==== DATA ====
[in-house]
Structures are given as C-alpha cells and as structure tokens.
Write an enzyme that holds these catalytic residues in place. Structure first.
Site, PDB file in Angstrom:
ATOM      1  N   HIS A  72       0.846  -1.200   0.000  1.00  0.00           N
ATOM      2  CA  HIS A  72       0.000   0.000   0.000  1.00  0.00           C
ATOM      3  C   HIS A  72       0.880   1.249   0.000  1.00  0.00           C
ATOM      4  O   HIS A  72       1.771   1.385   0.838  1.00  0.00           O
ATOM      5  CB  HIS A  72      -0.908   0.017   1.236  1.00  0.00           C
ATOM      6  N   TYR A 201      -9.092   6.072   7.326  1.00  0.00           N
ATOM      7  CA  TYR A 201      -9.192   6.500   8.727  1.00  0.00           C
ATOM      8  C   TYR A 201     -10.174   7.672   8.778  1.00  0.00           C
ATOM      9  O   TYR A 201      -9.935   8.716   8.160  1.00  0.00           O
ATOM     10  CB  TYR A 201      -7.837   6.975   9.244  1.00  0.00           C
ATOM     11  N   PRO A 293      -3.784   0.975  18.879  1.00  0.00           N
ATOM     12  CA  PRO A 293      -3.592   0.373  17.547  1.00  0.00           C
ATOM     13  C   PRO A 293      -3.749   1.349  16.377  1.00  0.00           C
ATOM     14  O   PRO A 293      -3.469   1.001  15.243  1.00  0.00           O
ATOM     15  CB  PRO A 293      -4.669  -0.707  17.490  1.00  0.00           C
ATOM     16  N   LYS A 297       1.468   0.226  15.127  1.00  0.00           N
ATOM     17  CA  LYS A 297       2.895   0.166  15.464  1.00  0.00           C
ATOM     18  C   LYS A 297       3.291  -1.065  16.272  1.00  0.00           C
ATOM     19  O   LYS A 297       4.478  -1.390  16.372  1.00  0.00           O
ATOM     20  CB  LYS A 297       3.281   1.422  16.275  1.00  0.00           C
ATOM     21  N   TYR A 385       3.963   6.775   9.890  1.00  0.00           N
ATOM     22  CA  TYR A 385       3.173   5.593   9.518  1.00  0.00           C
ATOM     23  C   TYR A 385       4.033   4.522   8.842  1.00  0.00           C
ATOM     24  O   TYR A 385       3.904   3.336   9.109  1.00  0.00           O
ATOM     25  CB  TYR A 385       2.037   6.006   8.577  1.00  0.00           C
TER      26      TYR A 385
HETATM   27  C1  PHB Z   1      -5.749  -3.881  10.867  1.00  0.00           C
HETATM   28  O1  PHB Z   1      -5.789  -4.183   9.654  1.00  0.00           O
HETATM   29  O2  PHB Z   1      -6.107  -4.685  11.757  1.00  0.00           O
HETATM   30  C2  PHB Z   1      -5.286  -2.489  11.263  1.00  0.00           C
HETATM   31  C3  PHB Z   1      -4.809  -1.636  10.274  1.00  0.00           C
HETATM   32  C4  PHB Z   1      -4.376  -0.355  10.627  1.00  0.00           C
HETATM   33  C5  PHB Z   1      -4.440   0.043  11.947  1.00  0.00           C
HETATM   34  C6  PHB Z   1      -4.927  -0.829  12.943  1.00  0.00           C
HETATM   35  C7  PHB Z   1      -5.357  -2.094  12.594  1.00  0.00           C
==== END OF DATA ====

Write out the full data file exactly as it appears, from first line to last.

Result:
[in-house]
Structures are given as C-alpha cells and as structure tokens.
Write an enzyme that holds these catalytic residues in place. Structure first.
Site, PDB file in Angstrom:
ATOM      1  N   HIS A  72       0.846  -1.200   0.000  1.00  0.00           N
ATOM      2  CA  HIS A  72       0.000   0.000   0.000  1.00  0.00           C
ATOM      3  C   HIS A  72       0.880   1.249   0.000  1.00  0.00           C
ATOM      4  O   HIS A  72       1.771   1.385   0.838  1.00  0.00           O
ATOM      5  CB  HIS A  72      -0.908   0.017   1.236  1.00  0.00           C
ATOM      6  N   TYR A 201      -9.092   6.072   7.326  1.00  0.00           N
ATOM      7  CA  TYR A 201      -9.192   6.500   8.727  1.00  0.00           C
ATOM      8  C   TYR A 201     -10.174   7.672   8.778  1.00  0.00           C
ATOM      9  O   TYR A 201      -9.935   8.716   8.160  1.00  0.00           O
ATOM     10  CB  TYR A 201      -7.837   6.975   9.244  1.00  0.00           C
ATOM     11  N   PRO A 293      -3.784   0.975  18.879  1.00  0.00           N
ATOM     12  CA  PRO A 293      -3.592   0.373  17.547  1.00  0.00           C
ATOM     13  C   PRO A 293      -3.749   1.349  16.377  1.00  0.00           C
ATOM     14  O   PRO A 293      -3.469   1.001  15.243  1.00  0.00           O
ATOM     15  CB  PRO A 293      -4.669  -0.707  17.490  1.00  0.00           C
ATOM     16  N   LYS A 297       1.468   0.226  15.127  1.00  0.00           N
ATOM     17  CA  LYS A 297       2.895   0.166  15.464  1.00  0.00           C
ATOM     18  C   LYS A 297       3.291  -1.065  16.272  1.00  0.00           C
ATOM     19  O   LYS A 297       4.478  -1.390  16.372  1.00  0.00           O
ATOM     20  CB  LYS A 297       3.281   1.422  16.275  1.00  0.00           C
ATOM     21  N   TYR A 385       3.963   6.775   9.890  1.00  0.00           N
ATOM     22  CA  TYR A 385       3.173   5.593   9.518  1.00  0.00           C
ATOM     23  C   TYR A 385       4.033   4.522   8.842  1.00  0.00           C
ATOM     24  O   TYR A 385       3.904   3.336   9.109  1.00  0.00           O
ATOM     25  CB  TYR A 385       2.037   6.006   8.577  1.00  0.00           C
TER      26      TYR A 385
HETATM   27  C1  PHB Z   1      -5.749  -3.881  10.867  1.00  0.00           C
HETATM   28  O1  PHB Z   1      -5.789  -4.183   9.654  1.00  0.00           O
HETATM   29  O2  PHB Z   1      -6.107  -4.685  11.757  1.00  0.00           O
HETATM   30  C2  PHB Z   1      -5.286  -2.489  11.263  1.00  0.00           C
HETATM   31  C3  PHB Z   1      -4.809  -1.636  10.274  1.00  0.00           C
HETATM   32  C4  PHB Z   1      -4.376  -0.355  10.627  1.00  0.00           C
HETATM   33  C5  PHB Z   1      -4.440   0.043  11.947  1.00  0.00           C
HETATM   34  C6  PHB Z   1      -4.927  -0.829  12.943  1.00  0.00           C
HETATM   35  C7  PHB Z   1      -5.357  -2.094  12.594  1.00  0.00           C